University of Wisconsin Center for Cooperatives
Selecting and Evaluating
The Cooperative Manager
By Frank Groves
Professor of Agricultural Economics and Chair, University Center for
Cooperatives, University of Wisconsin, Madison.
Presented at the ** 1979 NICE Conference, August, 1987.
UWCC Occasional Paper No 9 - September, 1987
As you enter the house you can tell something is wrong by the look on
your spouse's face. "There is an emergency meeting of the co-op board tonight
at 7:30," she said. You ask what it is about and she informs you that there
was no additional message.
On your way to the meeting that night you are thinking about what the
emergency could be. There was a bad storm in the other end of the county;
could the new feed mill have been damaged? Or were there some problems
The president/chairman calls the meeting to order promptly at 7:30 and
drops the bombshell: "The manager quit this afternoon and said his resignation
was effective immediately, and he was leaving for an extended fishing trip
in Canada, and he never wants to see any of us again. Tonight we have to
figure out what to do now."
How many boards are caught in this situation where the central management
person is suddenly gone? If the board and the manager had planned for proper
executive succession there shouldn't have to be a crisis situation. However,
this is a board responsibility that is often neglected. "As long as things
are ok, let's not worry about it," seems to be a common rationale.
When a manager/CEO vacancy occurs, the responsibility often falls on
the board president/chairman to keep things going. Since the president/chairman
and the manager/CEO should have a close working relationship this is a
natural line of reasoning. But is it a good one? Too many presidents/chairmen
have found that they were making decisions that they didn't want to make
or weren't qualified to make. And, these vacancies often occur when the
president/chairman is very busy with farm work.
HOW TO FIND A NEW MANAGER
In our hypothetical situation described above, the conversation might continue
"Has anyone notified the regional? They usually have a stable
of retired managers that can step in. Our regional Rep. should know of
someone looking for a manager's position."
After a certain amount of expected rhetoric, just what should the board
do? One answer might be "all of the above." However, before the board starts
a formal recruiting procedure they should notify the employees, major creditors
and the bank(s), members. select someone to be acting manager, prepare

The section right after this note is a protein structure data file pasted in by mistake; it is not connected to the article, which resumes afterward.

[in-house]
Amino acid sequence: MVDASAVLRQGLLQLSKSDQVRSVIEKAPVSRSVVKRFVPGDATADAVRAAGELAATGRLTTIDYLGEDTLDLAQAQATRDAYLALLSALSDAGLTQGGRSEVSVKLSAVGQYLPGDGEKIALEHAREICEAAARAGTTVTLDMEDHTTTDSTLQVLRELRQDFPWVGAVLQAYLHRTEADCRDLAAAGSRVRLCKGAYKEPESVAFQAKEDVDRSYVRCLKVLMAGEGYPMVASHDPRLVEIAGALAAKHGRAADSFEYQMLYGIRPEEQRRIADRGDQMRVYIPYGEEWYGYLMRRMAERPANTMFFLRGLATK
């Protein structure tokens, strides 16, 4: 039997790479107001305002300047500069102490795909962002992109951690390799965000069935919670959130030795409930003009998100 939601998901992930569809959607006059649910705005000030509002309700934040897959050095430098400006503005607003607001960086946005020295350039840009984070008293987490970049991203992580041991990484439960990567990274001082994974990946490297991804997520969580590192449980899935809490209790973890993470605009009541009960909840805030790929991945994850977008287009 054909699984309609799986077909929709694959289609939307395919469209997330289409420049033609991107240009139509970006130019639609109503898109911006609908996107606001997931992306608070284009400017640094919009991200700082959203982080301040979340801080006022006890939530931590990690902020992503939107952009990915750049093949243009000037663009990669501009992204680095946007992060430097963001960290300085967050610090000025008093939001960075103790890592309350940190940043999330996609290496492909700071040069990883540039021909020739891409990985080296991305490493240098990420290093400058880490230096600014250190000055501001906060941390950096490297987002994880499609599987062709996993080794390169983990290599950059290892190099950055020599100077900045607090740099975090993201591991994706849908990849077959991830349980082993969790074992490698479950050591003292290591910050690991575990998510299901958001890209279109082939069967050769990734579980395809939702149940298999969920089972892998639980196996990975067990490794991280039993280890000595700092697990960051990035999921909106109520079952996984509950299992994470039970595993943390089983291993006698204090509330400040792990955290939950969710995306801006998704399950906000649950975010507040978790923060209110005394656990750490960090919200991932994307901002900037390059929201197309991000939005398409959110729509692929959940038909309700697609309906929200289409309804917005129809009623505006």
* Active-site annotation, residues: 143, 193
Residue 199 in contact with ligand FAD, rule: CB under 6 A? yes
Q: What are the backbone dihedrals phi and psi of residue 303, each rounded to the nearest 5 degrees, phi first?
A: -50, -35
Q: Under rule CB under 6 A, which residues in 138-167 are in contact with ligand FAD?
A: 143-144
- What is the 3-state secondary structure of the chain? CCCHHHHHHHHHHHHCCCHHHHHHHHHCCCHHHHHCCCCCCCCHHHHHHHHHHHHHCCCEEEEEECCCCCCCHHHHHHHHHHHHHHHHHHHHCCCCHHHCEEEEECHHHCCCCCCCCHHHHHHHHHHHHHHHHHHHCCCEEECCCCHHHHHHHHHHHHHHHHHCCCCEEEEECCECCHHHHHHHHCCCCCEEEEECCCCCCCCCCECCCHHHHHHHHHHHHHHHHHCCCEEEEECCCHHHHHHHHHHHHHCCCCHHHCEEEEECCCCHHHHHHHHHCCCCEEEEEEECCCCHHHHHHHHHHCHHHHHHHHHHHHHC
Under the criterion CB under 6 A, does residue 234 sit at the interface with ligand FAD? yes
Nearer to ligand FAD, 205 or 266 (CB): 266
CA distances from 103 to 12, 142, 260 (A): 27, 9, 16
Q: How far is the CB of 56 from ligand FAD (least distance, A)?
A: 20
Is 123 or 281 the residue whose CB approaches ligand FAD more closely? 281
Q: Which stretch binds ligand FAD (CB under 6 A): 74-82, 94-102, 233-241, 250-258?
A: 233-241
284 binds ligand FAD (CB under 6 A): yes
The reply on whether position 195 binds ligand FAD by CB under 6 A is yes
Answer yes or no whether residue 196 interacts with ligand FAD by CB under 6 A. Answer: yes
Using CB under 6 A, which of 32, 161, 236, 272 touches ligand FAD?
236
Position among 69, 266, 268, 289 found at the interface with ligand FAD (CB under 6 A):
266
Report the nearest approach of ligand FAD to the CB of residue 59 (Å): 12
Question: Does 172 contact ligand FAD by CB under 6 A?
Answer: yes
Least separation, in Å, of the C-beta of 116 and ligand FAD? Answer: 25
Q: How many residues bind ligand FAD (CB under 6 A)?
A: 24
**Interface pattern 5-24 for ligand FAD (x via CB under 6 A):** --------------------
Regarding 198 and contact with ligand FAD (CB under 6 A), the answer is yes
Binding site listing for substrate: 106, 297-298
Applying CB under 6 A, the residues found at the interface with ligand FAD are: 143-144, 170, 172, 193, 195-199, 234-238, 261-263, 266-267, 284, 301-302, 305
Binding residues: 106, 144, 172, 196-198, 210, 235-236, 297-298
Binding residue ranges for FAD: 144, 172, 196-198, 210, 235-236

an up- to- date job description and arrange for an audit.
"My son-in-law is looking for a job. He graduated from technical school
in computer programing and I wish he would go to work. He doesn't like
to farm, and we are sick and tired of the way he hangs around the house."
"How about you, Tom (Tom is the board president)? Now that your son
is helping with the farm, why don't you run things for awhile? We can pay
you a little extra."
"Why don't we promote the manager of the feed department. He is one
of the hardest working people I know. Never takes a break, should make
a good general manager."
The Job Description
Because the job description is the standard that should be used to later
judge the performance of the new manager, the board should invest enough
time to develop a good sound, understandable job description. Sample job
descriptions are available from regional cooperatives, and a general position
description is in appendix I and in Chapman, ** pi4q.
In their book "The Contemporary Director," Chapman and others state
"The single most important task facing a board is the recruitment and selection
of its manager." They also give some minimum requirements for a job description
for a manager. They are:
The American Management Association suggested the following points be covered
in any job description. "Purpose or basic function: includes a broad statement
of the job as a whole and what is to be accomplished.
OBJECTIVE: A position objective which outlines the overall purpose
of the position.
AUTHORITY: An indication of the authority that the board of directors will
grant to the manager.
RELATIONSHIPS: A list of the various individuals and groups with whom the
manager must develop a sound working relationship.
KNOWLEDGE AND SKILLS: A list of the various skills and areas of knowledge
the manager must have to perform his or her job effectively.
ACCOUNTABILITIES: A list of the key areas for which the manager will be
held accountable, including each key performance area of the organization."
Duties and Responsibilities: includes the principle activities to be
performed, usually in a fairly detailed statement.
Jurisdiction: includes the authority to that is associated with the
job and the limits of that authority. This section also may contain a description
of the relationships with other (organizations)." (Parentheses added.)
(Vilstrup & Groves, p 96.)
If the board has access to a regional representative, that person should
be brought into the discussion at an early stage. Regional cooperatives
often have a pool of available talent that can be tapped.
The board must also decide on how much publicity to give the opening.
They may also set a policy on allowing present personnel to apply or not
After the above decisions are made the board should set a timetable
for receiving and reviewing applications, and set a tentative interview